Wednesday, March 19, 2008

murder with a culinary twist

What's the best way to get rid of a murder weapon?

A. Throw it into a very large, very deep body of water.
(Recommended for firearms.)
B. Clean it well and hide it in plain sight.
(Not recommended for firearms.)
C. Use a giant icicle to commit the murder.
(It'll melt away with no trace.)
D. Roast at 325F for twenty minutes per pound.
(Serve medium rare.)

Although options A through C have probably all cropped up on the trashy crime procedural television shows I won't confess to watching, it is option D that is embraced by the main character in my inspiration for the Spring 2008 edition of Novel Food.

Roald Dahl's short story "Lamb to the Slaughter" is a devilishly dark, clever tale of how a police detective's wife gets away with murder. I won't give you all the details (you can find the story here), but let's say that you'll never look at a leg of lamb quite the same way again.

The menu presented in "Lamb" consists of roast leg of lamb, tinned peas, Idaho potatoes, and a storebought slice of cheesecake. Using this basic menu as a guide, I prepared roast leg of lamb seasoned with garlic and rosemary, frozen peas with mint and olive oil, classic mashed potatoes, and a simple lemon cheesecake. I had vegetarians in attendance, so I also added leek tart to the menu.

I have dim recollections of my mother trying to prepare roast lamb when I was a child, but this was the first time I ever tried it myself. I used a fairly small bone-in roast, weighing around two and a half pounds. I seasoned the lamb with salt and black pepper, rubbed it with olive oil, and stuck it all over with slivers of garlic before tucking sprigs of rosemary into the string around the roast.

Google and conventional cookbooks all offered similar advice for cooking: fifteen minutes at 400F, then twenty minutes per pound at 325F, for a total cooking time of one hour and five minutes. The meat came out more medium well than medium, but it was moist and tender, so I'm not complaining. This is the roast in the oven, along with the leek tarts:


I'm afraid we were all very hungry by the time the food was ready, so no-one remembered to take more pictures until we'd already started eating. Clockwise from the fork: mashed potatoes, peas, lamb, leek tart, fresh crusty bread.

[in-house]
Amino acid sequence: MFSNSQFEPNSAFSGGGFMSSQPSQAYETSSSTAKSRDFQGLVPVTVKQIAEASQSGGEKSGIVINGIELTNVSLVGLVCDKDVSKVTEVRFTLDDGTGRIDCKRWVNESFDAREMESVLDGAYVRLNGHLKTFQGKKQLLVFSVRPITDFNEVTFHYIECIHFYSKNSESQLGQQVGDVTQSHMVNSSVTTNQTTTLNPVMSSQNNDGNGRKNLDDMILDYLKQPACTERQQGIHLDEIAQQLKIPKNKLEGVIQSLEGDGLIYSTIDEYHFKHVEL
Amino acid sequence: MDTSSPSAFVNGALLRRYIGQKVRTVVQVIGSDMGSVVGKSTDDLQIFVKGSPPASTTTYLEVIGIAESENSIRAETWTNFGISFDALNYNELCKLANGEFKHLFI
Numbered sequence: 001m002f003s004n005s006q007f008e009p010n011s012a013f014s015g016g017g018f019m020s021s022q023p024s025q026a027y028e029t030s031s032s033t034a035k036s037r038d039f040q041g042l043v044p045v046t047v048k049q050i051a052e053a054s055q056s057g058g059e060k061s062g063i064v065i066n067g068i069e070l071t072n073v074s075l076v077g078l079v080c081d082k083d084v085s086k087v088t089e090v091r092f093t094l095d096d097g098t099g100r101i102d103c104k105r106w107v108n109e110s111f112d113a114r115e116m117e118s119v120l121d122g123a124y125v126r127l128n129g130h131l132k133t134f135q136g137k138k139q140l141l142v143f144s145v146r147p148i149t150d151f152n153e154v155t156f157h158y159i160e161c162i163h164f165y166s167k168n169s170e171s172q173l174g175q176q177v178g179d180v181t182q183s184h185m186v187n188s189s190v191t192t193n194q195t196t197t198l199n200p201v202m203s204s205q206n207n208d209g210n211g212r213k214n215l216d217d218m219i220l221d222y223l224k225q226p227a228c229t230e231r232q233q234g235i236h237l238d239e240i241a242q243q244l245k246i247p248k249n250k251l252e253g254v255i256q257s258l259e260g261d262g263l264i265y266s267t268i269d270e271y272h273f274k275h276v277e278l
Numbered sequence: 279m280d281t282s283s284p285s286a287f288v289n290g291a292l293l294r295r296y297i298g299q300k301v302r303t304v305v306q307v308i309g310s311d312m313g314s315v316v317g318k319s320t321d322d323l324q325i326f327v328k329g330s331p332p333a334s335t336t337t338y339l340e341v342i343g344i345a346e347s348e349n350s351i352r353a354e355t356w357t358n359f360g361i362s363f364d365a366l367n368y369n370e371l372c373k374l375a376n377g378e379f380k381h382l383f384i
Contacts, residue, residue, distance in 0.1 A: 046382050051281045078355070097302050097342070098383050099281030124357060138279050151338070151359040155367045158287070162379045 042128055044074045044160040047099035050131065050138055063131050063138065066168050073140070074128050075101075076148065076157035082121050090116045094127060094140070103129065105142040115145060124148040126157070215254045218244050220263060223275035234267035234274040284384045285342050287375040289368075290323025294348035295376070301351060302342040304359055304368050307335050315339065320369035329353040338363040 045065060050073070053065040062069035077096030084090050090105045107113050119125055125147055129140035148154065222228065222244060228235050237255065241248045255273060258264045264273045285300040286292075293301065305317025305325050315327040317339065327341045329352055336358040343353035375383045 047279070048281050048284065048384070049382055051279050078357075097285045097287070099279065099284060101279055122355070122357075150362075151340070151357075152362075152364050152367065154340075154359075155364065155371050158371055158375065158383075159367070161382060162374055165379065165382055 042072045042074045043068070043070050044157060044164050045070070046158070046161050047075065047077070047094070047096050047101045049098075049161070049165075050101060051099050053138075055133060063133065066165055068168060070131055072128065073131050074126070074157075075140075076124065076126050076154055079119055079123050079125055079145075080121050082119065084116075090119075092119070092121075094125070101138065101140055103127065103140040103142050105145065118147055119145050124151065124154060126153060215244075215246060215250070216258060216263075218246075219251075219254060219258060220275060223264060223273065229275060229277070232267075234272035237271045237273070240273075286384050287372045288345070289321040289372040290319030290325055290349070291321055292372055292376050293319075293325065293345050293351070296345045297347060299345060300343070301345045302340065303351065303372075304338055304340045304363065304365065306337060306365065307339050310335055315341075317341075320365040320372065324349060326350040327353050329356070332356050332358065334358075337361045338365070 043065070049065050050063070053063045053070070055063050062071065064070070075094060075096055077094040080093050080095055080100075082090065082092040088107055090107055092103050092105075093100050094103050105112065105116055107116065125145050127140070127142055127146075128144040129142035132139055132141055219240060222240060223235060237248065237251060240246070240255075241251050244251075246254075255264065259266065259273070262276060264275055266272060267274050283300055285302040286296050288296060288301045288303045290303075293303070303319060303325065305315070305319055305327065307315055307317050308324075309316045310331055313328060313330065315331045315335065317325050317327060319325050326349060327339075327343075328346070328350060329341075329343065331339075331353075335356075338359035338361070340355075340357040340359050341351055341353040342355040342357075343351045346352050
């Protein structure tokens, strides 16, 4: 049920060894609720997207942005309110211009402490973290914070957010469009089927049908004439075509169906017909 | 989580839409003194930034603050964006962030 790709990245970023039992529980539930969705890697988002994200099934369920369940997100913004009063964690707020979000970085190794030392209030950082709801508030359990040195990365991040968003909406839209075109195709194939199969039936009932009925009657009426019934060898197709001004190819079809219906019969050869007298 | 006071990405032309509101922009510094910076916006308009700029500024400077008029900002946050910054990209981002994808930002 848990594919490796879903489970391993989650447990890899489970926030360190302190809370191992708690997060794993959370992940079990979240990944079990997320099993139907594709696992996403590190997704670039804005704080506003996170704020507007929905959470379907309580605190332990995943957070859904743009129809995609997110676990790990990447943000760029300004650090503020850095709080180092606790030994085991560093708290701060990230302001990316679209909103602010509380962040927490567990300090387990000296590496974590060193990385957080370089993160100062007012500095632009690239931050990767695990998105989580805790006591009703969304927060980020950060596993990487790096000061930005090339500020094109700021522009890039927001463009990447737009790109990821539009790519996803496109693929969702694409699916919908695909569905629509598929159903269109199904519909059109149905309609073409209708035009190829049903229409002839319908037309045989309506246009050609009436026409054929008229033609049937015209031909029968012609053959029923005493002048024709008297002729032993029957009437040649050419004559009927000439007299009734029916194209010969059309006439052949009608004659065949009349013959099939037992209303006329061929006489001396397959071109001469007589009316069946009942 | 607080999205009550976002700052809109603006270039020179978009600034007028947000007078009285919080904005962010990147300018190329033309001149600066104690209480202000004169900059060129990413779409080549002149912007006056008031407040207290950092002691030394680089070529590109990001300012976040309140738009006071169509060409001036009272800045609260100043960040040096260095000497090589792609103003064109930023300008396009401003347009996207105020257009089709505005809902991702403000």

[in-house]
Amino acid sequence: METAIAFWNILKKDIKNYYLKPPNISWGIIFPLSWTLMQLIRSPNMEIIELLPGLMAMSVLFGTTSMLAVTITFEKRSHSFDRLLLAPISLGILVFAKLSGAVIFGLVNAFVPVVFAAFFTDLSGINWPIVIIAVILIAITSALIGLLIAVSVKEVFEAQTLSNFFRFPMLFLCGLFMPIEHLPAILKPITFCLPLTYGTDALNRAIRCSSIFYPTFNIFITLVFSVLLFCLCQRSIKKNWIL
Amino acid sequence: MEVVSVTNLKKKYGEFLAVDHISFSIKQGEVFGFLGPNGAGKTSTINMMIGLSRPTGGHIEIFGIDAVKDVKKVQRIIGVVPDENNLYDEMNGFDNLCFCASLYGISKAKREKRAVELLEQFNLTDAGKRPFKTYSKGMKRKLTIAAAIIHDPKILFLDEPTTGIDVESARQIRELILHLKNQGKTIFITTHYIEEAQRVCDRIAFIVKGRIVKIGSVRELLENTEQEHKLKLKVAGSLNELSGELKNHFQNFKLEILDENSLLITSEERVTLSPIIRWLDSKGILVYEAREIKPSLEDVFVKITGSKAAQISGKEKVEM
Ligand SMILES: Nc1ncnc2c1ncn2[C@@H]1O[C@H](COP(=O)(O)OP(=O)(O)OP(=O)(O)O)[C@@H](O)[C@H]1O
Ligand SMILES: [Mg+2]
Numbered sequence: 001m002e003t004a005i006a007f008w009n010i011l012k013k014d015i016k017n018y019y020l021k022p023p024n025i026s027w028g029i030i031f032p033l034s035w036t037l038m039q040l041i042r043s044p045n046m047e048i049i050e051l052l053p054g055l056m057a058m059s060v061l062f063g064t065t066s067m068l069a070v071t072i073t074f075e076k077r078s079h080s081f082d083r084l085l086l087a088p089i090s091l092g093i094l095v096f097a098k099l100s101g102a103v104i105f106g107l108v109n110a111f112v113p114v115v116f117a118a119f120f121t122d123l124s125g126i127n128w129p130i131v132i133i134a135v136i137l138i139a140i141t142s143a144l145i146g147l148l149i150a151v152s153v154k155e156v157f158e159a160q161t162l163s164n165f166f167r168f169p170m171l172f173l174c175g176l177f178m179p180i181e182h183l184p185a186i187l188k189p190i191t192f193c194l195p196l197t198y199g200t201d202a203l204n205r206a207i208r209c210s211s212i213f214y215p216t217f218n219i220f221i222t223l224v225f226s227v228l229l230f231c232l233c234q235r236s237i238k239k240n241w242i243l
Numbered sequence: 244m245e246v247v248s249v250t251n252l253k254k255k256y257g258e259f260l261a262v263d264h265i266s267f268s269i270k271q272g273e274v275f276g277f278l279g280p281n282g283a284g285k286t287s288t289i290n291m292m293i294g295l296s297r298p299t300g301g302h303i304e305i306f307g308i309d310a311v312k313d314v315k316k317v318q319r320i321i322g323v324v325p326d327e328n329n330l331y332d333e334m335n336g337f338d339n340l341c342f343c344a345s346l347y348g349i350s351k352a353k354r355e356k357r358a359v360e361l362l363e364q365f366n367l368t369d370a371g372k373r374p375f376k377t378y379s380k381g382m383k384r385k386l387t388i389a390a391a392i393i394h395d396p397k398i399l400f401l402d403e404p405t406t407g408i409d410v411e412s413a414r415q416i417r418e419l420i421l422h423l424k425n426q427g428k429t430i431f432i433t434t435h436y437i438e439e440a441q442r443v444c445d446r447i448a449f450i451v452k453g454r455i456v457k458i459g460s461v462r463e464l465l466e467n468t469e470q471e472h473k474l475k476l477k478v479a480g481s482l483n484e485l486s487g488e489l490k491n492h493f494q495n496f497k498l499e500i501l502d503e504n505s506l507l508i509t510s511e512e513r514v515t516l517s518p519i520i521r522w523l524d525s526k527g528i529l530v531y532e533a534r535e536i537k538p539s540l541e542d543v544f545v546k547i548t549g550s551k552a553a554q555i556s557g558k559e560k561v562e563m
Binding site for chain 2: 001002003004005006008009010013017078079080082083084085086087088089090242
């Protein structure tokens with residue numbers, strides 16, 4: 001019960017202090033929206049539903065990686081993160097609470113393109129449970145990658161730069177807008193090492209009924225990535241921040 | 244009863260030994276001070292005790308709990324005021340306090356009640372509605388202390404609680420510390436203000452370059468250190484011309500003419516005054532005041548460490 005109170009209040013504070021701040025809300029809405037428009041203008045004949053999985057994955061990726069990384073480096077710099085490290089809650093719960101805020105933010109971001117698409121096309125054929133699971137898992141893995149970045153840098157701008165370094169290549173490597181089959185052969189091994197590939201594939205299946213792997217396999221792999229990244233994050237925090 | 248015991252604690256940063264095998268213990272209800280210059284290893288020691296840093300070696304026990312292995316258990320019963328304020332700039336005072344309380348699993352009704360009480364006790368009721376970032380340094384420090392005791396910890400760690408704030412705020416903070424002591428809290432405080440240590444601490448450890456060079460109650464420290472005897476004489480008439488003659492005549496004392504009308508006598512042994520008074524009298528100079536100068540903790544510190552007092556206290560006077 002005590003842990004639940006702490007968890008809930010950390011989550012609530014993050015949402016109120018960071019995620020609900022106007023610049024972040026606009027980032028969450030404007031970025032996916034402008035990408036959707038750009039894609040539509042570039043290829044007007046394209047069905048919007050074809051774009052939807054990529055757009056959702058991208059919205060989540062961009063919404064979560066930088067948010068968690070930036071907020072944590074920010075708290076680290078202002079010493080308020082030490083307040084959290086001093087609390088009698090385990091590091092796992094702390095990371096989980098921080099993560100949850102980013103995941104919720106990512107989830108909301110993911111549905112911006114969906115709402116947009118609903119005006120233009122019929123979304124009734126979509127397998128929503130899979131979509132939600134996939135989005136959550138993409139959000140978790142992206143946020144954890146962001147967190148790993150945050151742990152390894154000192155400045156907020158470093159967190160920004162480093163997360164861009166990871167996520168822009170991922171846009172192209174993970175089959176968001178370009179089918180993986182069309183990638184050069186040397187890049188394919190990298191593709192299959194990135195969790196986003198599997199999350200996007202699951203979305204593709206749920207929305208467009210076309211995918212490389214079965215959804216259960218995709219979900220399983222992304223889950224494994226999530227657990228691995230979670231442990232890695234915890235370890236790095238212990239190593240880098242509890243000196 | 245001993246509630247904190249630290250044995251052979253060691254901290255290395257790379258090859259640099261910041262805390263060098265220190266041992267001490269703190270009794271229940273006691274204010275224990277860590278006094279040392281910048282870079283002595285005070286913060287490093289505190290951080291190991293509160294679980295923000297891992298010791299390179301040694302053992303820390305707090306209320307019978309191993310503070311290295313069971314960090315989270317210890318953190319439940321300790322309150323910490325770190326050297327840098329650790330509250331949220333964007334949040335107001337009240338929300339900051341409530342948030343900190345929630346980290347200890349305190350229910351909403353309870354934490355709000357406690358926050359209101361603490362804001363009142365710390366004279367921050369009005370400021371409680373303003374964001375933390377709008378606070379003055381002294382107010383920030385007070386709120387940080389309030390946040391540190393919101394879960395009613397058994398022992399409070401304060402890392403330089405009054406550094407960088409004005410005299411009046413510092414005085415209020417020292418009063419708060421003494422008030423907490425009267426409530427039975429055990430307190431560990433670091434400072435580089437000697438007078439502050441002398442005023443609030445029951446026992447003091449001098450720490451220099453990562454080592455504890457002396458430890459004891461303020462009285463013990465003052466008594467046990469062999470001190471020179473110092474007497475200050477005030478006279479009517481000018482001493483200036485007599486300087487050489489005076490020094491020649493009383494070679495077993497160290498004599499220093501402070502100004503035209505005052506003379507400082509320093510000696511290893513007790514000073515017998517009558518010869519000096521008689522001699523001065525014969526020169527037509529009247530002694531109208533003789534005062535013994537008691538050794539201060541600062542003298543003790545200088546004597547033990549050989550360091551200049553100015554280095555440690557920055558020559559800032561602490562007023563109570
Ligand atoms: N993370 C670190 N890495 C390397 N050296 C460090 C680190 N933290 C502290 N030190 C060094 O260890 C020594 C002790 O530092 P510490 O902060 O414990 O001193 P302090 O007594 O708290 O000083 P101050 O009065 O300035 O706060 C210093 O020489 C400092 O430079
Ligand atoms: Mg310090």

Fortunately, we were better about remembering to take photos of the cheesecake. I think there's something almost retro about this one:


But I won't make any jokes about fifties housewives. We've seen what happens when you piss them off.

Lemon Cheesecake

I like my cheesecake dense and not too sweet. This one is perfumed with lemon zest, and the almond extract makes for an interesting change from the standard vanilla.

(Serves one, for a week.)

Preheat oven to 350F.

First, the crust. Take one package of Lorna Doones or some similar shortbread-like cookie, put them in a Ziploc bag, and whale on them with a rolling pin until they've been properly pulverized. This is excellent stress relief if you've had a long, frustrating day.

Mix the crumbs with half a stick of melted butter. Press into an eight-inch pie pan and bake for ten to fifteen minutes, or until lightly browned. Remove from oven. Set aside to cool.

For the filling, take twelve ounces (a block and a half) of cream cheese at room temperature and pull the blocks into small pieces. It sounds odd, but it'll almost tear into neat chunks. Drop them into a food processor and add two-thirds of a cup of sugar and the zest from one lemon. Pulse for a few minutes, until the cheese and the sugar have made a grainy mess. Then add one egg and a few drops of almond extract, and leave the machine on until the mixture is smooth and creamy.